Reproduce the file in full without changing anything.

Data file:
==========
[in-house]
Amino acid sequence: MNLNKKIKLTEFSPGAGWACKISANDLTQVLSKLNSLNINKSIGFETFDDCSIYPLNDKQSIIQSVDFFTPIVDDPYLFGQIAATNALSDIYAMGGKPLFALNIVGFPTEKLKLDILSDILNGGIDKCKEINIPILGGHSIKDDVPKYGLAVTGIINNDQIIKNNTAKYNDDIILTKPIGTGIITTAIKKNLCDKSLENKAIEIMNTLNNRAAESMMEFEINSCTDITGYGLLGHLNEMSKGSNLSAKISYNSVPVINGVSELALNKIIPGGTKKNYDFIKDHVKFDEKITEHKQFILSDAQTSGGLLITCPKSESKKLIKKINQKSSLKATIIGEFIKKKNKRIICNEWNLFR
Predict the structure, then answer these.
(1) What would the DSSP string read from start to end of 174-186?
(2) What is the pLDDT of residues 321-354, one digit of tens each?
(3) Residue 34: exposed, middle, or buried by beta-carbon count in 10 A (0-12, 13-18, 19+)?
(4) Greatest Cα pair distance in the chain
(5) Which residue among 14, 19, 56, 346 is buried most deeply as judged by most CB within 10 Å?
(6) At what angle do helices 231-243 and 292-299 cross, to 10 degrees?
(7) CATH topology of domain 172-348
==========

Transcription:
[in-house]
Amino acid sequence: MNLNKKIKLTEFSPGAGWACKISANDLTQVLSKLNSLNINKSIGFETFDDCSIYPLNDKQSIIQSVDFFTPIVDDPYLFGQIAATNALSDIYAMGGKPLFALNIVGFPTEKLKLDILSDILNGGIDKCKEINIPILGGHSIKDDVPKYGLAVTGIINNDQIIKNNTAKYNDDIILTKPIGTGIITTAIKKNLCDKSLENKAIEIMNTLNNRAAESMMEFEINSCTDITGYGLLGHLNEMSKGSNLSAKISYNSVPVINGVSELALNKIIPGGTKKNYDFIKDHVKFDEKITEHKQFILSDAQTSGGLLITCPKSESKKLIKKINQKSSLKATIIGEFIKKKNKRIICNEWNLFR
Predict the structure, then answer these.
(1) What would the DSSP string read from start to end of 174-186?
(2) What is the pLDDT of residues 321-354, one digit of tens each?
(3) Residue 34: exposed, middle, or buried by beta-carbon count in 10 A (0-12, 13-18, 19+)?
(4) Greatest Cα pair distance in the chain
(5) Which residue among 14, 19, 56, 346 is buried most deeply as judged by most CB within 10 Å?
(6) At what angle do helices 231-243 and 292-299 cross, to 10 degrees?
(7) CATH topology of domain 172-348